I am interested in this too, as I also have a 97hse.
Sorry to hijack, but it is somewhat related:
The other day I was under the bonnet and noticed some smoke coming from my ac compressor pulley area. I shut it off, and later turned it back on to try to duplicate but to no avail. When I spin the clutch, it has a little bit of intermittent crunchy noise. Is this normal or do you think it is bearings or the clutch going bad?
As most early P38A owners will know, the air con clutch would occasionally not engage and eventually it slips and wears to the point where it rarely engages.
An early fix was to remove a shim behind the clutch but this only deferred the problem.
LR came up with a mod. kit, the aircon Compressor Link Harness mentioned above, to increase the applied voltage to the compressor clutch.
I removed the shim in mine about 7 years ago, and fitted the link harness about 3-4 years ago, and this cured the problem - I thought.
However, last week the compressor clutch failed to engage once more. The clutch had worn even more and the air gap was too great.
Following a suggestion from Scouse, I pulled the clutch off, put it in the lathe, and machined off 25 thou from the back of the clutch spigot. That reduced the air gap back to within spec (0.35-0.65mm) and all is well once more.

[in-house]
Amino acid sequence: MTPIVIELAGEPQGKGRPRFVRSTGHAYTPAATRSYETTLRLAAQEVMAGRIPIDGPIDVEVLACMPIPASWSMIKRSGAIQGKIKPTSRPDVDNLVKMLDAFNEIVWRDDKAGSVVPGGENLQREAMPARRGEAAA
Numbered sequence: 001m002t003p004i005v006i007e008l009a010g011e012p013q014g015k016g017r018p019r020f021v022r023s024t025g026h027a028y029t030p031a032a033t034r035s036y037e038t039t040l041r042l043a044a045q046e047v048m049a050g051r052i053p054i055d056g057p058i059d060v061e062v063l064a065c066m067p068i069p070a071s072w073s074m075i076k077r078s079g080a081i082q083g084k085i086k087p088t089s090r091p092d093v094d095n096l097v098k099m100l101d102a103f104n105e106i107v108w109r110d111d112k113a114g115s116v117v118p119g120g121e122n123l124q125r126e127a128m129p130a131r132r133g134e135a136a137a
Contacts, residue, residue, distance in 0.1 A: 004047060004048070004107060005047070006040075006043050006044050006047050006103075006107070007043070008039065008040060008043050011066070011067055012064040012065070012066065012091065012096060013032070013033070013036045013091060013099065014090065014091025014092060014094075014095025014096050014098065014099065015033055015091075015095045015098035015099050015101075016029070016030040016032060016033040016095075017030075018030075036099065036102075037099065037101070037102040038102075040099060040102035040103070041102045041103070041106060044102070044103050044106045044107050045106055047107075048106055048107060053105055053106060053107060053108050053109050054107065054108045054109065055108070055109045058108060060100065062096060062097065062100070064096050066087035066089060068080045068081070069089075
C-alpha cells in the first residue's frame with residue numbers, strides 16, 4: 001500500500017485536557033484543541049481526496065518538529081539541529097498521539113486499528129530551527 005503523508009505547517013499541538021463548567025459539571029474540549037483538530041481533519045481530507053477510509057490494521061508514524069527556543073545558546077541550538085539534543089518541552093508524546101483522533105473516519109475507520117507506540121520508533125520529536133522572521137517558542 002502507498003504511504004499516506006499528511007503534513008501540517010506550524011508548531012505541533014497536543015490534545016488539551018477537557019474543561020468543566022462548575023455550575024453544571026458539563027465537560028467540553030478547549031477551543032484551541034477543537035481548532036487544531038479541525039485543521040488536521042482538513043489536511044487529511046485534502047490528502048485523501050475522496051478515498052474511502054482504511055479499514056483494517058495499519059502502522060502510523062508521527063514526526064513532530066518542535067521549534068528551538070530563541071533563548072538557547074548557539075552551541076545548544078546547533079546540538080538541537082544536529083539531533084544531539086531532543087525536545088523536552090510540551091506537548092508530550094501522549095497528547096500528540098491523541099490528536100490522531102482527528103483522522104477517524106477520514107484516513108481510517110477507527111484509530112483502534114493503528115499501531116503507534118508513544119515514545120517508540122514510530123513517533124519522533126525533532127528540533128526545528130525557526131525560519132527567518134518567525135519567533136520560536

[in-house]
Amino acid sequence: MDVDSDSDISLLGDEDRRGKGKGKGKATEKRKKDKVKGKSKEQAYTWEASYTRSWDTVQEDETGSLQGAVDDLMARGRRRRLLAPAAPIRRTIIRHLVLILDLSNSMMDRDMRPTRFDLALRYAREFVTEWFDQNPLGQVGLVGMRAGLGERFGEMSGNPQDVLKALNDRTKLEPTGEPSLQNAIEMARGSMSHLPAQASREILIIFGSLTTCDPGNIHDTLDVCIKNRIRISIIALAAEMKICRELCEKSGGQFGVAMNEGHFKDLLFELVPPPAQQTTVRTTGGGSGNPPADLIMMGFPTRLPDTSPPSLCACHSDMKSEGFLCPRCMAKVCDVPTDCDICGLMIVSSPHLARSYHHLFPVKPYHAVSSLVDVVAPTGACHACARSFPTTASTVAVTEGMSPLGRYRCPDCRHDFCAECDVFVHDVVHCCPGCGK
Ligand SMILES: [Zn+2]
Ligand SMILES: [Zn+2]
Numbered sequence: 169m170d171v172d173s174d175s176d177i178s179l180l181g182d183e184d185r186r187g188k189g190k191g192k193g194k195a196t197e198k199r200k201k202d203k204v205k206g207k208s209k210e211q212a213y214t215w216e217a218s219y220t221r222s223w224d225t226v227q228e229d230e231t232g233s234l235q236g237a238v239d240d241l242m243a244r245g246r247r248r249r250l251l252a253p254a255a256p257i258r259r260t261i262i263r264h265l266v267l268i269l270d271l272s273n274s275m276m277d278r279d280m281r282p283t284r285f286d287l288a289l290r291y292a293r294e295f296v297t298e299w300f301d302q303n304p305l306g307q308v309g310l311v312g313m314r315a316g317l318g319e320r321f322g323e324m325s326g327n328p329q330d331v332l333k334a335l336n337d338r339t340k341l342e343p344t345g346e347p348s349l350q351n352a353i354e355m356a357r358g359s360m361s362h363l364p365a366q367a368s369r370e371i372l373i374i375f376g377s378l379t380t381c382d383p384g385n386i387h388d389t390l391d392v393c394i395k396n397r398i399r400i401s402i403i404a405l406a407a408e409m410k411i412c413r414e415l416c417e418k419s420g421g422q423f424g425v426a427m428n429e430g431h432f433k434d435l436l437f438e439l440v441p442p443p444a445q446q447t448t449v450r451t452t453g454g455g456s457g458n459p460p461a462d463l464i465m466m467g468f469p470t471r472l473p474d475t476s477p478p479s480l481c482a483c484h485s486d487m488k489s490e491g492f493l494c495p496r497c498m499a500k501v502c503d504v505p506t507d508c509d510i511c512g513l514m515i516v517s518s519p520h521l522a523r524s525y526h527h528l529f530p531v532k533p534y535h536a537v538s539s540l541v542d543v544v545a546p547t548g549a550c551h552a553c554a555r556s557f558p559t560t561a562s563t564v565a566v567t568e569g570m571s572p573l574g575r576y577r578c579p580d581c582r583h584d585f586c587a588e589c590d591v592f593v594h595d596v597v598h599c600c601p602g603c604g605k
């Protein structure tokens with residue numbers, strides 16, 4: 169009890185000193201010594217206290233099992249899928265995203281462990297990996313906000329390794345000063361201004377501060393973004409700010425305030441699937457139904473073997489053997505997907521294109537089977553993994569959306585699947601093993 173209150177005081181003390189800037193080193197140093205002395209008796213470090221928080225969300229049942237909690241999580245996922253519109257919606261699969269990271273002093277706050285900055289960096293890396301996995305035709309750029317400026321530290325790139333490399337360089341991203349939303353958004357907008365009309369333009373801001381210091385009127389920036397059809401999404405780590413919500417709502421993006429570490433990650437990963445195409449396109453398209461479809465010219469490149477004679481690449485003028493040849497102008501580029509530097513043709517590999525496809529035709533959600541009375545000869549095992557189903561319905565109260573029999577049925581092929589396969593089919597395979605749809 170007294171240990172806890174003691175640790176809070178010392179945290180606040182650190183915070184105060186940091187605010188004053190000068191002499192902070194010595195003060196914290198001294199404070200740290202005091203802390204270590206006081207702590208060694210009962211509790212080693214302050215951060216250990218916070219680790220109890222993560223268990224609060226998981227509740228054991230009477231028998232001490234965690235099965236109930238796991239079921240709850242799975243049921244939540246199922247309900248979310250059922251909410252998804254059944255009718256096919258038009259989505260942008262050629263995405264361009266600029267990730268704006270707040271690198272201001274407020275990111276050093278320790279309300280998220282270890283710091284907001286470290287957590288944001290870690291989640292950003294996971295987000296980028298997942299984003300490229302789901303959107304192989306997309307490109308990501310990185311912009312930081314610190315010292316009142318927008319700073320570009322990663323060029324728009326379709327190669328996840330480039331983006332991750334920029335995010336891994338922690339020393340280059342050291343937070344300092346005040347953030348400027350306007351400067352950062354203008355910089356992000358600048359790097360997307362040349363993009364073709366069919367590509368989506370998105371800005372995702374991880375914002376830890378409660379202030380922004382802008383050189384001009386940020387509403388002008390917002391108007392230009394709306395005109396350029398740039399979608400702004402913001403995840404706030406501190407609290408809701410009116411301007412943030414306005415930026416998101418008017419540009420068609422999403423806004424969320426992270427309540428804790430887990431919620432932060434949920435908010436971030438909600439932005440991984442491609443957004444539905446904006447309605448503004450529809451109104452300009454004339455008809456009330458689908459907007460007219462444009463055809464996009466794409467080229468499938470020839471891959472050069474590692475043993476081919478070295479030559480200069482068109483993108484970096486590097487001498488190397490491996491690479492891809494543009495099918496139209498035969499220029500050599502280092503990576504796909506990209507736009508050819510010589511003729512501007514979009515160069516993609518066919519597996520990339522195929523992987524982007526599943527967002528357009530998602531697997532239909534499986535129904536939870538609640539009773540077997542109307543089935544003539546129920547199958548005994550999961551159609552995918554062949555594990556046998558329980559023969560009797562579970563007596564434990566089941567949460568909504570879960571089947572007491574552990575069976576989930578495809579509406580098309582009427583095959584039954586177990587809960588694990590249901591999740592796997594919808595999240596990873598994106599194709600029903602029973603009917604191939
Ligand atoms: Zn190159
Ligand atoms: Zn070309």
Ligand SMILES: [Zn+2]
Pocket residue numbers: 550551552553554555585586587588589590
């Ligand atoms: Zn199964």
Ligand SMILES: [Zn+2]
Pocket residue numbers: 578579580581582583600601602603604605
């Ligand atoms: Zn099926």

When I pulled the clutch off, I found it had been wearing unevenly so I'll keep an eye out for another one (secondhand from a failed compressor). Note the wear at the lower left:
This and the other thread is brilliant. So i have issues with mine, a 1995 owned from new VIN no 355000 ish but when i look my fuse box has the air con relay and the air con fuse but no sign of the resistor or wiring harness. As far as I can remember (not far these days) i've not replaced the fuse box. So i guess best thing is to just check the voltage at the clutch connector with all the other electrics turned on and see if i get the 11.5 volts under load. Certainly the clutch engages and disengages adn cool air comes out from different vents so i'm assuming the blenders work.
What i do notice is the system doesn't seem to corectly asses the ambient temp so i'm going to check that.
Not sure if folks are actually retro-fitting this full harness kit to resolve all this but if you look at what they are doing with their 'harness' it is really just using it to operate a (spare) relay in the fusebox plus 'spoof' the (older) HEVAC ECU (- via the aforementioned current-sensing -) into thinking there is a happily-working clutch present.
However you could do all this easily enough yourself of course by using the HEVAC clutch supply to operate a basic (additional) 12V relay (alongside the same type of power resistor for 'spoofing' purposes), and then use that relay to supply 'full' (fused) 12V directly to the clutch instead (?) Result ? The HEVAC's happy and so is the clutch.... and if you mount this relay close(ish) to the clutch you don't need all those long 'harness' wires either....